You don’t often hear the word "hazard" associated with investing in precious metals, but you should know that dabbling in gold and silver can be risky. True, gold and silver are both great hedges against inflation -- particularly if you own bars, jewelry and coins rather than paper futures. There are myriad benefits associated with building your wealth on bedrocks of gold and silver, but it’s wise to be prepared for the risks and hazards you’ll encounter, too.
If you want to invest in the most valuable form of gold, put your money into gold bars -- the bigger, the better. Buy large units without incurring costs associated with processing the gold rather than coins and jewelry. That stated, liquidating gold bars could be problematic if you’re pressed for fast cash. If you’re seeking liquidity, invest in coins; while there’s little chance the metal will lose value dramatically, all it takes is one revolution to put the coin into a precarious and hazardous state of affairs.
When the Federal Reserve announced its intention, in June 2012, to keep backing Operation Twist -- a policy of swapping short-term Treasury bonds for instruments with longer maturity rates -- silver prices plunged 4 percent. A strong industrial demand for silver reported by the Silver Institute in 2011 still makes this precious metal a good bet for profit taking. Problems in Asia, Europe and weak U.S. manufacturing can all affect the value of silver because it’s tied to monetary policies, says Wealth Management LLC’s chief investment officer, Jeffrey Sica.
Supply and demand still drive gold and silver prices, but macroeconomic trends flowing from Europe’s economic woes can top the list of hazards to which both metals will be exposed if countries like Portugal, Greece, Ireland and Spain don’t recover in a timely manner. Both precious metals act as superconductors, thus industrial applications of gold and silver can help boost market demand. Silver, especially, is likely to retain more of its value in an industrial setting than gold since it’s cheaper to buy.
It’s no big secret. Financial institutions, governments and markets openly manipulate the prices of gold and silver, so short-term investments in either precious metal could dramatically affect the amount of margin you make if you seek quick profits. History has shown that long-term gold and silver investments, on the other hand, are more likely to survive the ups and downs of a volatile market, so you can cut your risk by committing to either market for the long haul.
Purchase gold or silver paper, and your hazards could multiply big time. Even if you purchase or rent safety deposit boxes, safes and the like, paper futures can go the way of bank deposits during the Great Depression if global financial markets fail, leaving you with -- well, assets that aren’t worth the paper on which they’re printed. Avoid this hazard by sticking to the metals themselves, even if you’re tempted by graphs in prospectuses showing spectacular gains and clever brokers promising huge yields because they’re adroit at dangling carrots.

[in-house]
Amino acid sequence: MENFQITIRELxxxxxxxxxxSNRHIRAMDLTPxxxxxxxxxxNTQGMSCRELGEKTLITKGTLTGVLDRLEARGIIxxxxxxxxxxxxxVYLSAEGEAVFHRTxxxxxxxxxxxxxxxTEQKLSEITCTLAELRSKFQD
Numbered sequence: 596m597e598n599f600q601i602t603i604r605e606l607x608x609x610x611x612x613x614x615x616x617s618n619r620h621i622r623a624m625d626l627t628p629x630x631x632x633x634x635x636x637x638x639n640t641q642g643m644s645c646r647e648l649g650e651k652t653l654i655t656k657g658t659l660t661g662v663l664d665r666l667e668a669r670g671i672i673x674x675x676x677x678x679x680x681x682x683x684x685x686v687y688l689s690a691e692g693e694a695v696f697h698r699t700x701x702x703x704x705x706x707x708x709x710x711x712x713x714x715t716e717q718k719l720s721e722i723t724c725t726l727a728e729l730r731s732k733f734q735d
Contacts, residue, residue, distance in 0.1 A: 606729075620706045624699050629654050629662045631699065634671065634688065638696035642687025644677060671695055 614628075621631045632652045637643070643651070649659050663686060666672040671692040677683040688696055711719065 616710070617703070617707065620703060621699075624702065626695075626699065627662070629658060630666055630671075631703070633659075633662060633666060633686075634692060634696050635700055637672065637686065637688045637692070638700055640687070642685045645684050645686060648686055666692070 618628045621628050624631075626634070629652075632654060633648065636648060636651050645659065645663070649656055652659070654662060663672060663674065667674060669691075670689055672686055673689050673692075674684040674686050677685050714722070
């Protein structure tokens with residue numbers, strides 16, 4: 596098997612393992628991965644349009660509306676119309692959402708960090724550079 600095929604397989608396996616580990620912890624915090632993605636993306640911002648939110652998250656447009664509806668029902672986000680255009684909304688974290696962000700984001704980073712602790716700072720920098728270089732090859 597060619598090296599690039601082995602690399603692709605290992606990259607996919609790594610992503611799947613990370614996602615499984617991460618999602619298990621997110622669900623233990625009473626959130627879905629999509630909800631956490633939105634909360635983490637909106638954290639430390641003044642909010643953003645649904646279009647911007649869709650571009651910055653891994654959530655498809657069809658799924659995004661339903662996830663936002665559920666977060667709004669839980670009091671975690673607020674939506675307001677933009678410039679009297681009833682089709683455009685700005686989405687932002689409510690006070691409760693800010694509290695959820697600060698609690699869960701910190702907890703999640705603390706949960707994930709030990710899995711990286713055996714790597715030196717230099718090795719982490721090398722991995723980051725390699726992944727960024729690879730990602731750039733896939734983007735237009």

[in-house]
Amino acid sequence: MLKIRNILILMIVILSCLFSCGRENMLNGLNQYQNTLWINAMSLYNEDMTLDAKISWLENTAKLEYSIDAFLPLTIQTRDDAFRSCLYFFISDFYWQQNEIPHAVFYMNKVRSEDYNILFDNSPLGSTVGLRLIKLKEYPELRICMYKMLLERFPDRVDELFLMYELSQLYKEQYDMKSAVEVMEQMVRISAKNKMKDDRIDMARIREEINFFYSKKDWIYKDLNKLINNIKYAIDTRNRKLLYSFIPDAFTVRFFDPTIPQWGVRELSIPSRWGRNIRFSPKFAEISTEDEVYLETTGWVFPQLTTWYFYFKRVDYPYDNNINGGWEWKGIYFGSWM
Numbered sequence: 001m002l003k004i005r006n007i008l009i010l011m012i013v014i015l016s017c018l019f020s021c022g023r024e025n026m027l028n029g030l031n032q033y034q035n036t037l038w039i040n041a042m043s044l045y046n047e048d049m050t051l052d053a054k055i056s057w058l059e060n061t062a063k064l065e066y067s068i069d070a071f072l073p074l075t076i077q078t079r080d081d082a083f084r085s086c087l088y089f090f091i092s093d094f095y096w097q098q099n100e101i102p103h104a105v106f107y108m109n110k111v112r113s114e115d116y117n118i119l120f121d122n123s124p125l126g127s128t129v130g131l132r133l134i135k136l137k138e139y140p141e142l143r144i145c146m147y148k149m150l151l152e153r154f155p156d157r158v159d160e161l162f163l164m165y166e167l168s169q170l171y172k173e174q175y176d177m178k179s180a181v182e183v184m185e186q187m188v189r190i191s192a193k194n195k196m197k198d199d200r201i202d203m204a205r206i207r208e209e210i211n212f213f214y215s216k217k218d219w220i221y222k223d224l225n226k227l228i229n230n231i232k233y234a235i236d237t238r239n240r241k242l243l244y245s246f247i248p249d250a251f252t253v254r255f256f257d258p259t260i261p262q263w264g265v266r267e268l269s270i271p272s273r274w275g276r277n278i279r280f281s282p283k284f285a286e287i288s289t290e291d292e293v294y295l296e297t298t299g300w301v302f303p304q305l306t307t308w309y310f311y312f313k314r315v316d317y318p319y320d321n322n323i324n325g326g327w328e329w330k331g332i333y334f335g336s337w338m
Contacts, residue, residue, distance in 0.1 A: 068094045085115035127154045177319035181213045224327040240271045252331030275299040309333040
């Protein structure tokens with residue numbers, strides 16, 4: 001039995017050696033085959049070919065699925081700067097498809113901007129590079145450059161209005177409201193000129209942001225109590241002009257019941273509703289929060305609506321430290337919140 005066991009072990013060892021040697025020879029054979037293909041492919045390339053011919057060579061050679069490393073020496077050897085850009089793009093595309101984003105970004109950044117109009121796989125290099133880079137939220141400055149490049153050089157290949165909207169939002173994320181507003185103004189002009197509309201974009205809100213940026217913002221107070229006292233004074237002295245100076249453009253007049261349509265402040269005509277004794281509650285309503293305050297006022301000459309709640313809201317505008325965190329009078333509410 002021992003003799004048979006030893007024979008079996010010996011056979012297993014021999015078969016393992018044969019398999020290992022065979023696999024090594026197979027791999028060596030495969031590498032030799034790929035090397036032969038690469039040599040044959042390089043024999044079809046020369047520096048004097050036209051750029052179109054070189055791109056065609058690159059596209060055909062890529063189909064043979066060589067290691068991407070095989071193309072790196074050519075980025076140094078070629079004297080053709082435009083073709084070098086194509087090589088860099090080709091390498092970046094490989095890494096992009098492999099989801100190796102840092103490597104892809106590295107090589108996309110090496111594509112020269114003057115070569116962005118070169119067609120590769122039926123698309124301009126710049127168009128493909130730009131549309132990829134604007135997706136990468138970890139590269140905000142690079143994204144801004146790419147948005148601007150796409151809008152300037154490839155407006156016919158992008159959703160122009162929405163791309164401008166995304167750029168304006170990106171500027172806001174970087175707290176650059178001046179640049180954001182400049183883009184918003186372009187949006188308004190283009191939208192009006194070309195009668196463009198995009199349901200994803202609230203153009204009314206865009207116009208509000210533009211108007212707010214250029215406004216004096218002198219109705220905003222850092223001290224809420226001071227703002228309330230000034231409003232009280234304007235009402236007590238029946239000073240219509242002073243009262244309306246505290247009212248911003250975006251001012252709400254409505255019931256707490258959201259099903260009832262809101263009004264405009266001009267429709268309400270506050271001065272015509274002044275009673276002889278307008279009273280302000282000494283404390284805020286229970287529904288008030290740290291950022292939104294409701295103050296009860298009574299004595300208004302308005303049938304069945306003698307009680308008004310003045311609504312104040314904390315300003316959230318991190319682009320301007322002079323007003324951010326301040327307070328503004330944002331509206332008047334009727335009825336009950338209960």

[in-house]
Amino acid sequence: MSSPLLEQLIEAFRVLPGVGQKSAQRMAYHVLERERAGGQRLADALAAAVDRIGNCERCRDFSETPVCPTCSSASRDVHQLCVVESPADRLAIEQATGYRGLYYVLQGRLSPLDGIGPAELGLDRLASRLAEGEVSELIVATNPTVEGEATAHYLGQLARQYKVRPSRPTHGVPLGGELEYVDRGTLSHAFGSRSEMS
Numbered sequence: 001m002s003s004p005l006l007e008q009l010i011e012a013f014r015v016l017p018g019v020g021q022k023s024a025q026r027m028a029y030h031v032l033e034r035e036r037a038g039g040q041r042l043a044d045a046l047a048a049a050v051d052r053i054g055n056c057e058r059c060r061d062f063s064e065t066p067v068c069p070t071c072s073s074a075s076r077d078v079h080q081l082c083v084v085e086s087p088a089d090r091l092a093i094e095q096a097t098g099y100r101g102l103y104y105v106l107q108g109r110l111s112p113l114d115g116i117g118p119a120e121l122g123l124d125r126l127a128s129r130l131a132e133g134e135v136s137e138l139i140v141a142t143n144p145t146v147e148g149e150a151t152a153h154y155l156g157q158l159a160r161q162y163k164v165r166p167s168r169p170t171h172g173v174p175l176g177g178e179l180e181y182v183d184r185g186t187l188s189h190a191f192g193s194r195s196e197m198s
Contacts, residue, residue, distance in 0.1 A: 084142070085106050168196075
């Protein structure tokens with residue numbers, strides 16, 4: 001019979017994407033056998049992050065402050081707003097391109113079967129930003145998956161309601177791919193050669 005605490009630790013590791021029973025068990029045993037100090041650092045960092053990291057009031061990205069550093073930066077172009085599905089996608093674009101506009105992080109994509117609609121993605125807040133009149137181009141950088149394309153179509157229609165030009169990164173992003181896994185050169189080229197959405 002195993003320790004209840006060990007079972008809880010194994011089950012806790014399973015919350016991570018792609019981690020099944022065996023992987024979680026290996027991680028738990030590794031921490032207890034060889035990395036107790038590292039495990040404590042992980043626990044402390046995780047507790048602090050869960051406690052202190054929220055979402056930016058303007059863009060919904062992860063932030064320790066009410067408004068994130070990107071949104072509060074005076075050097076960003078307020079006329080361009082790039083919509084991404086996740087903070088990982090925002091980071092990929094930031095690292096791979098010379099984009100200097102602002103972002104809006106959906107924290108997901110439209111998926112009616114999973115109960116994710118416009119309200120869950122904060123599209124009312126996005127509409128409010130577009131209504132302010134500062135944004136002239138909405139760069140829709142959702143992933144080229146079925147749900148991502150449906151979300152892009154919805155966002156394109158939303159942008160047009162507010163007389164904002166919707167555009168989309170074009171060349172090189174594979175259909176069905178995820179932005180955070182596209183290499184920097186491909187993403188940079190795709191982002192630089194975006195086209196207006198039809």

Few hazards are as frightening as becoming a target of criminals. The potential for being robbed -- despite state-of-the-art security measures -- increases if you house gold and/or silver on premises. An innocent, overheard conversation, in which you mention the bullion, gold bars, gold Swiss Francs, Krugerrands or stockpiled silver in your home or business might be all it takes to make you a target for theft. Even transport by a reputable service can be highjacked, so keep this in mind if you decide to dive into either market.
You see the signs every day: “We want your gold and silver.” Talk about hazardous: even appraisers staffing high-end jewelry shops aren’t necessarily looking out for your bottom line. Being conned into selling your gold or silver for pennies on the dollar can leave you high, dry and without recourse. Minimize hazards by asking appraisers for credentials and get additional quotes. Ignore -- or at least check out -- infomercials that seem too good to be true and telemarketers pitching “gold” or “silver” commemorative coins that have next to no value.
Gold or silver jewelry bought for investment can become hazardous assets if fashion whims alter the worth of either. Liquidating, for example, Art Deco, Victorian or Rococo jewelry may result in less cash if everyone is wearing Nouveau Modern bracelets, rings and necklaces and nobody wants your period pieces. You might have to melt down beautifully designed jewelry if you originally bought for investment and need cash fast. Of course, everything old is new again, so do what you can to hold onto your jewelry. Styles are sure to return if you wait long enough!
Based in Chicago, Gail Cohen has been a professional writer for more than 30 years. She has authored and co-authored 14 books and penned hundreds of articles in consumer and trade publications, including the Illinois-based "Daily Herald" newspaper. Her newest book, "The Christmas Quilt," was published in December 2011.